Skip to Content

Financial trouble can strike out of nowhere, especially if you lose your job unexpectedly or rack up bills following a car accident, divorce, or emergency surgery. If you fall behind on payments for your credit cards, mortgage, auto loan, medical bills, or other types of debt, your lenders could hire an agency to collect the money from you.

Debt collectors are infamous for being uncaring and abusive. Fortunately, the Fair Debt Collection Practices Act (FDCPA) is in place to protect borrowers from harassment. Learn what practices are forbidden so you can take steps to protect your rights.

What Debt Collection Practices are Forbidden?

Debt collection agencies are allowed to recover the money borrowers owe using reasonable, non-abusive methods. The FDCPA outlines more than 50 examples of harassment, oppression, and abuse that are forbidden under federal law, some of which include:

  • Threatening violence
  • Perpetrating criminal activities meant to harm a debtor, their property, or their reputation
  • Using obscene or profane language
  • Falsely presenting themselves as attorneys, law enforcement officers, or government representatives
  • Giving misleading information about the amount or legal status of a debt
  • Implying that nonpayment of a debt will result in arrest or jail time
  • Calling repeatedly with the intent to annoy, abuse, or harass
  • Calling outside the hours of 8 am to 9 pm
  • Calling the debtor at work without abiding by specific rules, such as maintaining the debtor’s privacy when speaking to an employer
  • Talking to family, friends, or neighbors about the debt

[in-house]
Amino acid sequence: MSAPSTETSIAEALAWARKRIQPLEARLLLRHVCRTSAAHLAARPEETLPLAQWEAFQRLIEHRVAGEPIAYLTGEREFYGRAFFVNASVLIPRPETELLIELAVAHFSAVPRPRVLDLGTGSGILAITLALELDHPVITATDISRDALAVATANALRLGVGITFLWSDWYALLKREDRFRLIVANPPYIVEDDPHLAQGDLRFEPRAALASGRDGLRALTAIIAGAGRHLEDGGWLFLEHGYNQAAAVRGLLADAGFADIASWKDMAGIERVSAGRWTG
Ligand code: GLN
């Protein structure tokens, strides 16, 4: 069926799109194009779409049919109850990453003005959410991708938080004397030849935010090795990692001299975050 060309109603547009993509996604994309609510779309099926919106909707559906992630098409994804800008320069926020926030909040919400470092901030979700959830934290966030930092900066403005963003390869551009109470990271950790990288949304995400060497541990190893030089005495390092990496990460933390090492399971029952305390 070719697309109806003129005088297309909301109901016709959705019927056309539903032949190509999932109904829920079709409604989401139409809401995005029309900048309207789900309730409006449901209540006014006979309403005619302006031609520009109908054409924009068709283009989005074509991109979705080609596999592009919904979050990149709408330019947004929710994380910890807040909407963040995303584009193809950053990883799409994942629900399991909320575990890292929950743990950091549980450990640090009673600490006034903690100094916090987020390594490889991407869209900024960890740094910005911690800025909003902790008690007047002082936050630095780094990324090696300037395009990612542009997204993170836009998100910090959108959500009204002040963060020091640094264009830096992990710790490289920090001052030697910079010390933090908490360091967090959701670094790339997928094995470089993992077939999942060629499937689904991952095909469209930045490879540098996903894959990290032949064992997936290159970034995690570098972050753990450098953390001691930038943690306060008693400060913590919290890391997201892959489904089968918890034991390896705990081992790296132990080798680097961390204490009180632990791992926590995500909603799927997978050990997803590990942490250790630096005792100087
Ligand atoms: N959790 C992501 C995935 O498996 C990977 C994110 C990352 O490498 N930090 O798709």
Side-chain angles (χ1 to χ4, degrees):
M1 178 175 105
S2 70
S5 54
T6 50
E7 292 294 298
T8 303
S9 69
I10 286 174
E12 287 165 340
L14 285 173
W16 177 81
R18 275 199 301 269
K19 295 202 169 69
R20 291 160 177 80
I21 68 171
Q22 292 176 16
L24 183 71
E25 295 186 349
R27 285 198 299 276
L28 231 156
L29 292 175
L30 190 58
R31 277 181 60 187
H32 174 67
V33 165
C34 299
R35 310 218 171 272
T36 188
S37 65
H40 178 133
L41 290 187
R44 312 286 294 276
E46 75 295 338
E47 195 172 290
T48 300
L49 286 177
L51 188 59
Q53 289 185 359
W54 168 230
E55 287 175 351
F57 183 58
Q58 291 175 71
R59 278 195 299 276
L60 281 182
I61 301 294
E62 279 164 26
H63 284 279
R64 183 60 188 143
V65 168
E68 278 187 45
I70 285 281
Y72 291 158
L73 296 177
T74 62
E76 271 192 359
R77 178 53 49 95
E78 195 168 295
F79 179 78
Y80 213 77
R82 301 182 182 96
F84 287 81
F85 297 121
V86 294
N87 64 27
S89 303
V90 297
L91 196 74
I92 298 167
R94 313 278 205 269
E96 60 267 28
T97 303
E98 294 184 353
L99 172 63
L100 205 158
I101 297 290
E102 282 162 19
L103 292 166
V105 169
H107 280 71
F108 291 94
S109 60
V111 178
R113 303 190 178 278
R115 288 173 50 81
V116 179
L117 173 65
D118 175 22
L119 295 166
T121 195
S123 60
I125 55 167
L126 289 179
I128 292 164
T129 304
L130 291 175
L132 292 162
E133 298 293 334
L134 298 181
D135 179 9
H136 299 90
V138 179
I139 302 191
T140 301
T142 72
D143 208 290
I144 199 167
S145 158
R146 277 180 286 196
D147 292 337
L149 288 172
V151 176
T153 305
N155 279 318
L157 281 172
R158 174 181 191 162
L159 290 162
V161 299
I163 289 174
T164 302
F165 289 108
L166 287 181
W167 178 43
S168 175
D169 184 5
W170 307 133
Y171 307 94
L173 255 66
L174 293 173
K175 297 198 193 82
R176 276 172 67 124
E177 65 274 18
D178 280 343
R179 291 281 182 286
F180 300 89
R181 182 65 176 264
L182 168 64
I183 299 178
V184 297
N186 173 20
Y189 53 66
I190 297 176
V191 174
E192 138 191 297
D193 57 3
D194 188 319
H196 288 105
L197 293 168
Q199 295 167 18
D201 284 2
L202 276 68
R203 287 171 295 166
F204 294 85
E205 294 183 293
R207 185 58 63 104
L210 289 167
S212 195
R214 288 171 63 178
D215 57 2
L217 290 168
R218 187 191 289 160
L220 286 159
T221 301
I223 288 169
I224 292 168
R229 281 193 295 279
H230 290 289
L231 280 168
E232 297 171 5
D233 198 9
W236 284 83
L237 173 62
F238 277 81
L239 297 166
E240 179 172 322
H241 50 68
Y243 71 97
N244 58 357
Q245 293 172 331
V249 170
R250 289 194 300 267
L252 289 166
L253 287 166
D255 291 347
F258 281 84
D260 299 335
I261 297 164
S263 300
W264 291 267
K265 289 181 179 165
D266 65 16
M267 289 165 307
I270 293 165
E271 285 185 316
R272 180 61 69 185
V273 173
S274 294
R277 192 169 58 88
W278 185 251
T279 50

Protect Your Rights

If you believe you are a victim of creditor harassment and abuse, put a stop to it by following these steps:

  • Tell the collector to stop the forbidden behavior. If the harassment continues, record your interactions with collectors to use in court, if it comes to that.
  • Contact the Consumer Financial Protection Bureau (CFPB). In the two years spanning July 2013 to July 2015, the CFPB received over 163,000 consumer complaints against debt collectors. According to the Federal Trade Commission (FTC), which regulates debt collection in the US, this industry receives more complaints than any other.
  • Hire an attorney to file a complaint and see about recovering damages for harassment. You can also refer all debt collection phone calls to this legal representative so they stop coming directly to you.
  • Submit a cease-and-desist letter by certified mail. Once the collection agency receives this, they may only contact you for two reasons—to tell you they received the letter and won’t contact you again, or to state that they intend to take legal action against you, such as by filing a lawsuit.

Finally, contact Cutler & Associates at (773) 360-5802 for a free bankruptcy consultation. As soon as you file for bankruptcy, all debt collection activities against you will stop. This is just one of the many ways bankruptcy can relieve stress as you begin your journey toward regaining your financial freedom.